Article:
Biomarkers of hepato-renal damage of fuel filling station attendants using or abstaining from use of protective gears
Different gears (e.g. overall, mask, gloves) are being used for protective purposes by fuel filling station attendants (FFSA) in Nigeria. Whether they can adequately protect susceptible organs like liver and kidney remains largely undetermined. The aim of the study is to compare the biochemical parameters of hepato-renal axis in FFSA that abstained from and that used protective gears in the course of daily duty.
Materials and Methods: The study population was grouped into three; GROUP A was made up of ten adult male FFSA who have used the protective measures consistently in the course of dispensing petroleum products. GROUP B was composed of 40 FFSA who did not use protective gears. GROUP C was the control group made up of thirty male adults not exposed to petroleum products. The minimum period of exposure for FFSA recruited for the study was 5 years. Information on worker safety was obtained through administered questionnaire concerning the use of self-protective equipment as a routine safety protocol for personal protection. Serum was utilized to assess biochemical indices of hepato-renal functions. Statistical differences were determined using Student’s t test and analysis of variance. p< 0.05 was considered significant.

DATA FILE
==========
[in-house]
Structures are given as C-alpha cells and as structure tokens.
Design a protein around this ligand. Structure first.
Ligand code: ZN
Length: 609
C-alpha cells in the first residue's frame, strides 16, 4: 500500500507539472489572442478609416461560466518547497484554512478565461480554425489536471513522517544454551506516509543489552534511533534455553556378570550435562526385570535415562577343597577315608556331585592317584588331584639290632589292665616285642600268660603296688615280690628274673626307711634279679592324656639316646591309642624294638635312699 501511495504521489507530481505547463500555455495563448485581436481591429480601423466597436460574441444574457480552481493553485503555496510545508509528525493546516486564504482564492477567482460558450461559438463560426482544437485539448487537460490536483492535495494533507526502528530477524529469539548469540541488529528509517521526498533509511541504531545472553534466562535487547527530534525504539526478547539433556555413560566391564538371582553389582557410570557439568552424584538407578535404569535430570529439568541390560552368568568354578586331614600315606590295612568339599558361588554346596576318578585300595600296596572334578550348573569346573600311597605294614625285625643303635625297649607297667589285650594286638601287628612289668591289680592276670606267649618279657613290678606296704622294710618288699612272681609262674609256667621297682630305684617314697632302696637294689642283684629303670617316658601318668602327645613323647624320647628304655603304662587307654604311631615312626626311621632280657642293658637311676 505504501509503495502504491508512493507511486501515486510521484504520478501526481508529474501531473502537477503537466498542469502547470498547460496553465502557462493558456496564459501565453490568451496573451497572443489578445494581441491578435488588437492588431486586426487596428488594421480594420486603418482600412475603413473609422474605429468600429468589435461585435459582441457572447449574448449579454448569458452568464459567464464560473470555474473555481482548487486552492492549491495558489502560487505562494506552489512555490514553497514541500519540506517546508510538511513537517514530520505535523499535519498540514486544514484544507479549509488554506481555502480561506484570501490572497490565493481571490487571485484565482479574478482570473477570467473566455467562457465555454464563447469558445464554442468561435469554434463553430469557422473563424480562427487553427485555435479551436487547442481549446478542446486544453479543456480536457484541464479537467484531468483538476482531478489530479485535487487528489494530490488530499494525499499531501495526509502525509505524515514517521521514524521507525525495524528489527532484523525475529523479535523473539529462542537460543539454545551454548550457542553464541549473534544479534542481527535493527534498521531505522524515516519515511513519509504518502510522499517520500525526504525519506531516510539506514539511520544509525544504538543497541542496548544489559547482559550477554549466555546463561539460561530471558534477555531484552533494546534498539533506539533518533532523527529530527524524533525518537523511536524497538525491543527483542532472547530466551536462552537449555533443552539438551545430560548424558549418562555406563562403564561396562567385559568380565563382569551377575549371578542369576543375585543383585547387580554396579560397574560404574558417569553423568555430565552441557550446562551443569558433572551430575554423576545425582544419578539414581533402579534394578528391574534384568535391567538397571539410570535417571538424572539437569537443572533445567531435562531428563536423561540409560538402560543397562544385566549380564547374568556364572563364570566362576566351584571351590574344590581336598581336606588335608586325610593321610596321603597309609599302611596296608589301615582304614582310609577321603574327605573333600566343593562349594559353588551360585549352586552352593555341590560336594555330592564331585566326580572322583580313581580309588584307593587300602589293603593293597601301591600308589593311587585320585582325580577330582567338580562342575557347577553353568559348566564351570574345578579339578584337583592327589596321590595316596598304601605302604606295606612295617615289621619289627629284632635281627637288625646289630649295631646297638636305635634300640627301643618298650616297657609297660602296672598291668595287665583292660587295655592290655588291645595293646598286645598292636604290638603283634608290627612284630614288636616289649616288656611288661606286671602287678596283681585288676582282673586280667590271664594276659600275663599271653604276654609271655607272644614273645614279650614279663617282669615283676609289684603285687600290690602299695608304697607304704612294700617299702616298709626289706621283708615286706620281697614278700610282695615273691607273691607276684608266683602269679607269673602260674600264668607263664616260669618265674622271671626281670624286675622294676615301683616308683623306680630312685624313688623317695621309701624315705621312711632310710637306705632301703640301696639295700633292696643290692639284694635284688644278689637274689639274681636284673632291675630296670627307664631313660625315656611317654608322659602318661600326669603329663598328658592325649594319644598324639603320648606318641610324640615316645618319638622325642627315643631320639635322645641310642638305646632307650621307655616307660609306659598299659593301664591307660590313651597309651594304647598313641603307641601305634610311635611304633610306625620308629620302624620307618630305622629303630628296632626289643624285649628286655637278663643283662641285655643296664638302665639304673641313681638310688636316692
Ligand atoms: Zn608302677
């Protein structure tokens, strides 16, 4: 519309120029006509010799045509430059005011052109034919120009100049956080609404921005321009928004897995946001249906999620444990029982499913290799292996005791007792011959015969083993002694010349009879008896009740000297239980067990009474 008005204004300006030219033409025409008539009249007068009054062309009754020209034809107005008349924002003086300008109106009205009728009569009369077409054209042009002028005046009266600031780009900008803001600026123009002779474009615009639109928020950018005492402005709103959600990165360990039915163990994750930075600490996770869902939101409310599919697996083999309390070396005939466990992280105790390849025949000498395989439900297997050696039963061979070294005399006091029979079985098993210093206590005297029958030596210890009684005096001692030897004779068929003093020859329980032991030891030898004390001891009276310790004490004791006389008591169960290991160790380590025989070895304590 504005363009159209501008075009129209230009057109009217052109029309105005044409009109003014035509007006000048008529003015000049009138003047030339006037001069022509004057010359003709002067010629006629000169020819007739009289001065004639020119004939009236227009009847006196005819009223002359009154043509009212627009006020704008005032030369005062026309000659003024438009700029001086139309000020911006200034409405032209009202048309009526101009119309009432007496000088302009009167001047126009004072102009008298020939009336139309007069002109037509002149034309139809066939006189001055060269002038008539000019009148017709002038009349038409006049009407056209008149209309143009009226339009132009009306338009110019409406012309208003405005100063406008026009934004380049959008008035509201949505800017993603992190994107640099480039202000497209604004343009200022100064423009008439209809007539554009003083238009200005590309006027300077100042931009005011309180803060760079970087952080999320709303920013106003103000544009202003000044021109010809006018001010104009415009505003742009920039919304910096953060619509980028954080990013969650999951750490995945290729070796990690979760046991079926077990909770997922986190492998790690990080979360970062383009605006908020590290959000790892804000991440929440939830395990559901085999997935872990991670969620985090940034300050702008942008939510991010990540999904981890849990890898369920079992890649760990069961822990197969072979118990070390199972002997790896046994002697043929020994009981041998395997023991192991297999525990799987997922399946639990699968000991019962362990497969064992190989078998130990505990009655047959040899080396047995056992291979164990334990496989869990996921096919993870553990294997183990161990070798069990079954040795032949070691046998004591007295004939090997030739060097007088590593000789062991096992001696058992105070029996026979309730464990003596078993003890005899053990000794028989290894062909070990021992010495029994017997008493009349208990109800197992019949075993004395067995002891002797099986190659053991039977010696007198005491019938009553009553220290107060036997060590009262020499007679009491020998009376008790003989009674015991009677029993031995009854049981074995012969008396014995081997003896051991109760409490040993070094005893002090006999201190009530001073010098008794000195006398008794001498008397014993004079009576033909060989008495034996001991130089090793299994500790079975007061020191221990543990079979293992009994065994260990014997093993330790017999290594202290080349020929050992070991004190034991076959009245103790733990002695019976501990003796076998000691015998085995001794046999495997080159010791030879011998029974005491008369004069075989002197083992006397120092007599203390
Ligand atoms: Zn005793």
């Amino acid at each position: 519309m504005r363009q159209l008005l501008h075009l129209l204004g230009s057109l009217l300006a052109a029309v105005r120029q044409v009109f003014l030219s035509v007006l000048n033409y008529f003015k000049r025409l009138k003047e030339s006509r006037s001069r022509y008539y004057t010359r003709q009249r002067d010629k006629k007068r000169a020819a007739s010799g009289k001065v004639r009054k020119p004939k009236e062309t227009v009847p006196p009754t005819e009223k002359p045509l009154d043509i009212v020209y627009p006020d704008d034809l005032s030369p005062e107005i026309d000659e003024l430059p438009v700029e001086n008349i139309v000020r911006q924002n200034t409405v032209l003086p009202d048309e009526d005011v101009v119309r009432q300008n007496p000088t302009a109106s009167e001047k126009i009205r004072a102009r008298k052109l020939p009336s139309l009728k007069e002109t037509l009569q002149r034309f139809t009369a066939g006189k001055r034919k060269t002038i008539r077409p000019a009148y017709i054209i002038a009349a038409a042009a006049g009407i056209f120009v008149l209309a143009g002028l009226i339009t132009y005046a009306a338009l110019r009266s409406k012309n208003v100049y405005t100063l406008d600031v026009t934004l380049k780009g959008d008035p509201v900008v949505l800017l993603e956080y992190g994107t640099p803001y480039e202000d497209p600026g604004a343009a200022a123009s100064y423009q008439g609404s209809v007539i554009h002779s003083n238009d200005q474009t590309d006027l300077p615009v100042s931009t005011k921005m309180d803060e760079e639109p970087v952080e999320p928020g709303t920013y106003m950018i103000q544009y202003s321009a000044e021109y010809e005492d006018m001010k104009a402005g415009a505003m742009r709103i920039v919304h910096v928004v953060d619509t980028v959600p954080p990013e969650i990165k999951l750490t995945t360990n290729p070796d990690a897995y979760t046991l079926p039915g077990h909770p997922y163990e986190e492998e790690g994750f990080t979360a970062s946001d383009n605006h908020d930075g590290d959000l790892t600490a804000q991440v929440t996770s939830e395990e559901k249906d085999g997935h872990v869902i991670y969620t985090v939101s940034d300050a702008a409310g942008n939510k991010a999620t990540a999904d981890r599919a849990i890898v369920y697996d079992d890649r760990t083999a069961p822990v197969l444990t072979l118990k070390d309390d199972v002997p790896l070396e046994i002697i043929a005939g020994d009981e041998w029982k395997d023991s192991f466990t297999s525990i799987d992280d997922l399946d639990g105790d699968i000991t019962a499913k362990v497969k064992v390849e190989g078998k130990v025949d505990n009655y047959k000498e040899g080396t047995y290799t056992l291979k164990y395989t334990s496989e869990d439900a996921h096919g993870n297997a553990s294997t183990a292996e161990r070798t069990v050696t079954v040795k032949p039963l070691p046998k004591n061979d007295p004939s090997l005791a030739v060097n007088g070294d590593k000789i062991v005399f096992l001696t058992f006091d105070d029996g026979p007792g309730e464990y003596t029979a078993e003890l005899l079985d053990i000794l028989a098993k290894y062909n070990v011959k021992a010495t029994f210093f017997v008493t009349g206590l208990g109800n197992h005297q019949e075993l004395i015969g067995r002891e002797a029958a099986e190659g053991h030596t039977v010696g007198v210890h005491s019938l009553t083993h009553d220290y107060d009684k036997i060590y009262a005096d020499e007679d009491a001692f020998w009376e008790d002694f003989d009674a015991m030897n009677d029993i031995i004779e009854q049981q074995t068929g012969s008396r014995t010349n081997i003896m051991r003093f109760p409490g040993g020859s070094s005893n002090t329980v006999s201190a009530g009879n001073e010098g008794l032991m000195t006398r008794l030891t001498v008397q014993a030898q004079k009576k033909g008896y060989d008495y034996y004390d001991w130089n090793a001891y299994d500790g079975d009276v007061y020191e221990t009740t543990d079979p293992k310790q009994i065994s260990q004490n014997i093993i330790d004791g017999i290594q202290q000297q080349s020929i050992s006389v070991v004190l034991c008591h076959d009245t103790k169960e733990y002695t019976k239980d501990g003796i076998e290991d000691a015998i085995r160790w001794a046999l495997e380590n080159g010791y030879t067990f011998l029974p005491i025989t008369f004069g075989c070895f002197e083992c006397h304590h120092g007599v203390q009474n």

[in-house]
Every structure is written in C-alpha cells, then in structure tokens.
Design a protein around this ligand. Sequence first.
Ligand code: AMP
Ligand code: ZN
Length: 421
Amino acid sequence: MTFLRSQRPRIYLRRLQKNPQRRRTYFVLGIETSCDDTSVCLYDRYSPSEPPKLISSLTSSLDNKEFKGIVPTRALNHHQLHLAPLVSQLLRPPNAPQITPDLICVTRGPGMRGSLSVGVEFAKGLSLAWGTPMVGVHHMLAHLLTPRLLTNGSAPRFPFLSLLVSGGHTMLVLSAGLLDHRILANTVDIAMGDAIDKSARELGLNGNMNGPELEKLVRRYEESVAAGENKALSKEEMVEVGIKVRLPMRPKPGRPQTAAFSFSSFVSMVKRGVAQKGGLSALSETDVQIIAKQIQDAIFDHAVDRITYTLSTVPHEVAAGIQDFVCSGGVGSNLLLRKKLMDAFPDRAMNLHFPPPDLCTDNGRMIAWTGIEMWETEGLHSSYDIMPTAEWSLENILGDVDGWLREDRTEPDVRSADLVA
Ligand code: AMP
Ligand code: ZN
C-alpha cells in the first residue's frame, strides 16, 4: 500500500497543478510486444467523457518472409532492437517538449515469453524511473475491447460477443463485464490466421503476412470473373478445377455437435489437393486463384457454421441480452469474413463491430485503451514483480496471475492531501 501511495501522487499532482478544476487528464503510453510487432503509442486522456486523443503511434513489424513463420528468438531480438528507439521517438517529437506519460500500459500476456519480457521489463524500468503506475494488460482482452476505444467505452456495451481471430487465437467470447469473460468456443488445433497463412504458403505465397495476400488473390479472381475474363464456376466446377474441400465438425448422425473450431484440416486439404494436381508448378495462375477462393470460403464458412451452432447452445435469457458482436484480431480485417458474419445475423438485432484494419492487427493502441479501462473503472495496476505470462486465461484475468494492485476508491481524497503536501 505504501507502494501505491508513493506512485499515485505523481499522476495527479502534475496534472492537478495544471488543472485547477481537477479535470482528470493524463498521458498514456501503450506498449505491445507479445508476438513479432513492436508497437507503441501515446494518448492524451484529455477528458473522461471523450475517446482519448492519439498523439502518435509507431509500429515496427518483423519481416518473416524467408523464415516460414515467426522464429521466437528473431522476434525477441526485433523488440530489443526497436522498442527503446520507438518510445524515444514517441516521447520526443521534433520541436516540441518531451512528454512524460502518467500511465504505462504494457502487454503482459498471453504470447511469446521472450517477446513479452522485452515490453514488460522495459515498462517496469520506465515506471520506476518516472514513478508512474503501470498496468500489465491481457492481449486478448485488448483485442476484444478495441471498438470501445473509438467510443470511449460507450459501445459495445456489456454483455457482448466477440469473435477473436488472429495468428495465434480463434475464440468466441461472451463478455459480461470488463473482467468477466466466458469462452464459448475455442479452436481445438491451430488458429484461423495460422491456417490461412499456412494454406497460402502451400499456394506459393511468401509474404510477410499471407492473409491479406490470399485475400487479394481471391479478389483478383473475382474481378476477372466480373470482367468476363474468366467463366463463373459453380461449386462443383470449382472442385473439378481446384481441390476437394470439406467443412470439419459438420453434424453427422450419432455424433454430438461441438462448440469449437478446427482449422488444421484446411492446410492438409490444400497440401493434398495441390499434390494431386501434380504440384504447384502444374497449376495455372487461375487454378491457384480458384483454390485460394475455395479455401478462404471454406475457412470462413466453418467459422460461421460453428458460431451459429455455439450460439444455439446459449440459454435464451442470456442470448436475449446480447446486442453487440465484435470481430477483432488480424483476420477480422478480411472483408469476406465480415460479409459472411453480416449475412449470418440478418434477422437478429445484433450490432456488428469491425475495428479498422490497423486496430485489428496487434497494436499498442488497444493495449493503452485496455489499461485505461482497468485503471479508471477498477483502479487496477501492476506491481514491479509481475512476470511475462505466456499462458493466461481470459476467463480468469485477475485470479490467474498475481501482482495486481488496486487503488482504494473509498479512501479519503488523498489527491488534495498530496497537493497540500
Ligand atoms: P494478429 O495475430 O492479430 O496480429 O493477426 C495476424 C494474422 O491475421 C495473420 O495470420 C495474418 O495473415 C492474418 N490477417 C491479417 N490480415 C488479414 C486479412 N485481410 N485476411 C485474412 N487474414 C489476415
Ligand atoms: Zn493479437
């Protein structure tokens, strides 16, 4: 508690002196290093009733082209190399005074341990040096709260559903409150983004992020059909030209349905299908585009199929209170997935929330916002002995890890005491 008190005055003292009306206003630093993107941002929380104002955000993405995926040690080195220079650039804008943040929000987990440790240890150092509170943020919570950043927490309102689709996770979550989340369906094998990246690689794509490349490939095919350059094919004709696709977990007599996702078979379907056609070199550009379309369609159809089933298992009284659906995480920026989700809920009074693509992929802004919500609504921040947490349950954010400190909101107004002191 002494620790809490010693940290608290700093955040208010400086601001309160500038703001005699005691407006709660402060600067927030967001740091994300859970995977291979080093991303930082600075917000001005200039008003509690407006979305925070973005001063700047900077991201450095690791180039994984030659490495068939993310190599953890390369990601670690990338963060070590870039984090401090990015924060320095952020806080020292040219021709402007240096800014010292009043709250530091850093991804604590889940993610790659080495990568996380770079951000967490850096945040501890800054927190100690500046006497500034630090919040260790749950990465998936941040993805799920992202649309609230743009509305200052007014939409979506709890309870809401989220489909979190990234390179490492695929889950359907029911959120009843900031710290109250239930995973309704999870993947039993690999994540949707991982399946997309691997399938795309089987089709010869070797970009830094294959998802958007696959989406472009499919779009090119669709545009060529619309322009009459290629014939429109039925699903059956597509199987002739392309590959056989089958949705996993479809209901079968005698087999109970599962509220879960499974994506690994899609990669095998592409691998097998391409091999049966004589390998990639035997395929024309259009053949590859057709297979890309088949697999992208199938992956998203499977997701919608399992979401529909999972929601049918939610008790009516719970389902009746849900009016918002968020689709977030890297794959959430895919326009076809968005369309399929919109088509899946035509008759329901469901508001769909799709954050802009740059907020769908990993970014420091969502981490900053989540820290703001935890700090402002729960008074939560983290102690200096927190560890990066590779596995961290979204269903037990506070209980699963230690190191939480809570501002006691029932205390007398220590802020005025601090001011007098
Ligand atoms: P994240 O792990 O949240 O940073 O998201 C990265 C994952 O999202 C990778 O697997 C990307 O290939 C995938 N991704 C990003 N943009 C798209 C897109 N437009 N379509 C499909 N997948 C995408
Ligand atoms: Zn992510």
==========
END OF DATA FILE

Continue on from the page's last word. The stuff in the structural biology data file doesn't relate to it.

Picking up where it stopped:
Results: Both GROUP A and GROUP B showed activities or levels of ALP, AST, ALT, creatinine, urea, albumin, and total protein that were significantly different compared with control (GROUP C), suggestive of hepatic damage.
Conclusion: Data obtained from this study suggest that the three available protective gears used by FFSA in GROUP B did not significantly reduce exposure.
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